Keeping the Well for the hydraulic lift clean from oxidation and the build-up of old grease helps with easier installation and removal of the hydraulic lift when needed. At almost 1" thick, the Well area has the thickest concentration of solid-aluminum on the dolly.
Once the Well is clean and shiny, I'll apply a thin layer of grease inside. I will also put a thin layer of grease on the hydraulic lift. The white nylon blocks you see here are the brakes that you apply against the hydraulic lift once it's in-place inside the Well.
Lightly lubricate the entire chain. Remember...once a chain gets's worthless.
Lightly lubricate all gears and other metal items.

Originally, I thought there were only 2-factory stampings of the serial number #157. Well, lo and behold, I found a third #157 stamping that's on the bottom of the Well for the hydraulic lift. 

So this dolly has a total of 3-factory stampings of the serial number and 4 if you're counting the DL Wolper ownership stamp. I haven't seen this many stampings on one particular item since admiring a vintage Luger pistol, where every piece imaginable on a Luger is stamped!

If you have any questions on maintaining your Mini-Crab Dolly, just email me at:

Sunday, January 20, 2019

Making Money with your Mini Crab Dolly!

Over the years I've received many emails on how were able to generate income with our Colortran Mini-Crab Dolly. You may have seen some older posts of my son Adam and I using our Mini-Crab for MMA fights, etc.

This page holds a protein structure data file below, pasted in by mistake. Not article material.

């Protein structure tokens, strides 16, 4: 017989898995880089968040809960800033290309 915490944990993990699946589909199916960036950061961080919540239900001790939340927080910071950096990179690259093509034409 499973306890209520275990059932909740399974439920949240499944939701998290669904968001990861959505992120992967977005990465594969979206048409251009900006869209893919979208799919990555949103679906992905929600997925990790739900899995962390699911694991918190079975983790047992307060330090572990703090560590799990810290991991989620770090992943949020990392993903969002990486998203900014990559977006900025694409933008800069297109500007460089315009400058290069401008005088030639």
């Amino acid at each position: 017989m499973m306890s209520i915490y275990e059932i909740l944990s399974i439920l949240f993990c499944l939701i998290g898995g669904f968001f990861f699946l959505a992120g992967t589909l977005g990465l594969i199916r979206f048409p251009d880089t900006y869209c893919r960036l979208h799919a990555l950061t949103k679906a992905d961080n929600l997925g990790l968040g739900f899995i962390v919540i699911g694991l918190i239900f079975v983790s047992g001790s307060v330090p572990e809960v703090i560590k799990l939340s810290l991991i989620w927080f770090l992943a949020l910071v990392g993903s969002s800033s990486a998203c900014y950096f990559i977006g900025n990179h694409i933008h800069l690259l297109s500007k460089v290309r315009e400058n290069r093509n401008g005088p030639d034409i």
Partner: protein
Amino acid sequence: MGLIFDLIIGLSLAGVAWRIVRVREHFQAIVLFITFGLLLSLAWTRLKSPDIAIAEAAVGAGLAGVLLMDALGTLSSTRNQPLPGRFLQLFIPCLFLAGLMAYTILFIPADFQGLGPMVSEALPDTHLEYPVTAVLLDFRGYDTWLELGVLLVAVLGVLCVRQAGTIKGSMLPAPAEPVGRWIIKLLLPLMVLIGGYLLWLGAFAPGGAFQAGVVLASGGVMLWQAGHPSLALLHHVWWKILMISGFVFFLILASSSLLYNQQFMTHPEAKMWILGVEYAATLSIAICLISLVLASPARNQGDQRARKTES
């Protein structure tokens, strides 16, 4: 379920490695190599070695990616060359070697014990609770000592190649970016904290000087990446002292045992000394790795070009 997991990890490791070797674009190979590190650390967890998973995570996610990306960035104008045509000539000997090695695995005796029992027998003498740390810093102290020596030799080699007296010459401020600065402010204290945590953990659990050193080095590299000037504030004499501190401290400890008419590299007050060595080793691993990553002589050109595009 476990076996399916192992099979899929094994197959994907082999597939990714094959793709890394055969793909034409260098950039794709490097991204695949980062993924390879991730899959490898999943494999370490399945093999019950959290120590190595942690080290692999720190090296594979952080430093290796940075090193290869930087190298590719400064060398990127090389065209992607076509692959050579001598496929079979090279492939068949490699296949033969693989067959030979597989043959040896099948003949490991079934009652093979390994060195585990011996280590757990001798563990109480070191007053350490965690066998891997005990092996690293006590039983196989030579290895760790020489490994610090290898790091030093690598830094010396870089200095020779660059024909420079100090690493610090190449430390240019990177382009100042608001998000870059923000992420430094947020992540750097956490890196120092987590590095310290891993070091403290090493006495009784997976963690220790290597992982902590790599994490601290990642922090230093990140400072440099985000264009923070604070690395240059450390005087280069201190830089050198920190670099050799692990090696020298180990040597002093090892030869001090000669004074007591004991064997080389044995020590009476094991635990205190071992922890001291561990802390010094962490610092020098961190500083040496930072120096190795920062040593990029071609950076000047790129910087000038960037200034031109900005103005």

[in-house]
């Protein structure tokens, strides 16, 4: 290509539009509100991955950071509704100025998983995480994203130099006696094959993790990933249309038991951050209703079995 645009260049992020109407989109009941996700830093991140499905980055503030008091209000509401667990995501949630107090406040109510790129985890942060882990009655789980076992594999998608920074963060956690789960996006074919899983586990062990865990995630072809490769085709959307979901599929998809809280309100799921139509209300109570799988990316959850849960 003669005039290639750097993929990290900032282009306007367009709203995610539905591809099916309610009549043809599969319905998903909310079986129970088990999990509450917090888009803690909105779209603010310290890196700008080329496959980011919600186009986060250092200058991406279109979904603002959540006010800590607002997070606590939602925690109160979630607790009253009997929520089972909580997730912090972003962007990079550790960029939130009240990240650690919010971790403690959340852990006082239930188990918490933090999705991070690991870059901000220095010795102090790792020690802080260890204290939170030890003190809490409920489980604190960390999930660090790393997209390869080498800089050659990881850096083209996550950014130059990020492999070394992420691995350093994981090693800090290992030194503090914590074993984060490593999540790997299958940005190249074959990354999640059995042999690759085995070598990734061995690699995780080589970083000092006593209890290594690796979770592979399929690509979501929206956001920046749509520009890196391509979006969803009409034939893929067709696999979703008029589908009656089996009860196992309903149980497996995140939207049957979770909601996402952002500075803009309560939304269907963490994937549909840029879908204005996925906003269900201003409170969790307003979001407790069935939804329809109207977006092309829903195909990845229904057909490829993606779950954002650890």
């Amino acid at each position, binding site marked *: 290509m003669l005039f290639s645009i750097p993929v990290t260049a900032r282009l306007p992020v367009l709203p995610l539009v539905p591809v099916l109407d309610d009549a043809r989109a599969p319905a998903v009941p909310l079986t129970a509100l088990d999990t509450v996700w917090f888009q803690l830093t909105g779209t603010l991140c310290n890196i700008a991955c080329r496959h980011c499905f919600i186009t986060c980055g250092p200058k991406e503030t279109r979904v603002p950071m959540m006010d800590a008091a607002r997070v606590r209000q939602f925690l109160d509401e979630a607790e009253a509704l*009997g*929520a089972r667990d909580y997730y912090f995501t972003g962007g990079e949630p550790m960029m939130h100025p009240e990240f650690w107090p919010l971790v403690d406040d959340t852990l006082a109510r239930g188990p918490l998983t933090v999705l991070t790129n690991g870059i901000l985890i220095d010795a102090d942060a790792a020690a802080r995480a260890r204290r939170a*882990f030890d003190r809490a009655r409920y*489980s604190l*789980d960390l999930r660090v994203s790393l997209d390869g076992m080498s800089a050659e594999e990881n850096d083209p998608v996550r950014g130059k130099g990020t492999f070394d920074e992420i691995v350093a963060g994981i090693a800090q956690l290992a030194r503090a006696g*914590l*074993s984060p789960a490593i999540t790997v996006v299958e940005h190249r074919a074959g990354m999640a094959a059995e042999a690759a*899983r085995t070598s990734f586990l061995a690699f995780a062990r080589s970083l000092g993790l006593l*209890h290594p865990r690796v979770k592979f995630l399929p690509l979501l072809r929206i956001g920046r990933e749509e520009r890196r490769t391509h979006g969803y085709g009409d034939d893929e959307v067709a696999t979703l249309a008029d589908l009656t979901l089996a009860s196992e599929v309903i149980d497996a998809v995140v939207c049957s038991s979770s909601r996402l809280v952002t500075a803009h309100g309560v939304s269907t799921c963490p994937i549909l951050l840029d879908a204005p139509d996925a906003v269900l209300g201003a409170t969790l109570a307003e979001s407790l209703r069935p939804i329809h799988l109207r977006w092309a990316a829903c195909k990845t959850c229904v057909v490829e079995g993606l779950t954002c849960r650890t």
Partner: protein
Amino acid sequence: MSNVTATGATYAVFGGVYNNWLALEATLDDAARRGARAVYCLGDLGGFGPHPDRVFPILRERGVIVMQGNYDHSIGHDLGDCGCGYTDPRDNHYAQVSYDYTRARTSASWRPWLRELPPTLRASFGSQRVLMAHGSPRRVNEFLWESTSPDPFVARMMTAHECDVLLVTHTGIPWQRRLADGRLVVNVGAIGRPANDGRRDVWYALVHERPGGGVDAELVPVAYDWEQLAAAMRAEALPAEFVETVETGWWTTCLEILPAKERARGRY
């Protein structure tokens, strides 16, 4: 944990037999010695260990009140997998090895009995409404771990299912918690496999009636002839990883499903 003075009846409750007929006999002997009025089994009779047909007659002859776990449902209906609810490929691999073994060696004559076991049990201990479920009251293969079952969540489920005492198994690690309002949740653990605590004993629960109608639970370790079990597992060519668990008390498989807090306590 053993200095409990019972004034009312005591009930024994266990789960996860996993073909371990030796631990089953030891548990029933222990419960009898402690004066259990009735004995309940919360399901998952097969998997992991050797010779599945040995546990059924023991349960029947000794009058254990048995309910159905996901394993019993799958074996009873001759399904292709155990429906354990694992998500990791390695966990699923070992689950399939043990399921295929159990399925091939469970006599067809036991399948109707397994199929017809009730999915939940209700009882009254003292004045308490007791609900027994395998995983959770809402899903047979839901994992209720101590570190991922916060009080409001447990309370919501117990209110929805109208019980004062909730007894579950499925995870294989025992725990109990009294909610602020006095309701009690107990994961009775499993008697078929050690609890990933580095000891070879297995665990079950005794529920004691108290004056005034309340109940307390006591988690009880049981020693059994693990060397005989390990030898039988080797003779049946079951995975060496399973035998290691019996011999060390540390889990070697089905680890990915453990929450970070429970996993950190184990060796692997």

I found the price list (below) that Adam and I used in the Cleveland, Ohio area. We also offered a Jib, using a Camera Turret Model 300 that we included in our grip package. Sure the equipment has changed, but whether your using a RED One or a digital SLR system, the creator of the project will still need smooth tracking shots, etc.

You can certainly tailor your price list to include the equipment you have and the type of grip service you wish to offer. Your market may be stronger than the Cleveland area. I hear Seattle, New York City, Chicago and Miami have a lot of ongoing independent projects. 

Once you create your price list, be sure to send it to all the independent producers and ad agencies in your area. I'm hoping this may help to generate some work for you! Let me know of any other ideas we can share with our fellow Mini-Crab owners. Use your mouse and click on this price list to enlarge.


Wednesday, November 21, 2018

William Sargent the Actor!

A studio still of William Sargent on an episode of the NBC TV Series, Mr. Novak, which ran in the early 1960's. Many people don't realize the inventor of the Colortran Mini Crab Dolly was also an accomplished actor!

We plan to add more acting pictures of William Sargent soon!

Tuesday, October 24, 2017

The Colortran Mini Crab Dolly

                 The ingeniously designed and versatile Colortran Mini-Crab Dolly.
I'm sure we weren't the first to discover that underneath the trap-door of the platform where the CO2 bottle rests, is a nice area for storage. You can stowaway small things, i.e., keys, tools, cell-phone, wallet, etc.

Dear readers....this is a reposting of one of the first stories we posted about the Mini-Crab back in 2010. If you have a Mini-Crab or a story about using one...please send it to us at

Manufacturing of the ingeniously designed Colortran Mini-Crab Dolly started sometime around 1967. The Colortran dollies were being produced up through 1975. A total of about 250 of these hand-built dollies were assembled at the Berkey-Colortran location on Chestnut Street in Burbank, California. This facility is now being used by another equipment outfit company, Chapman.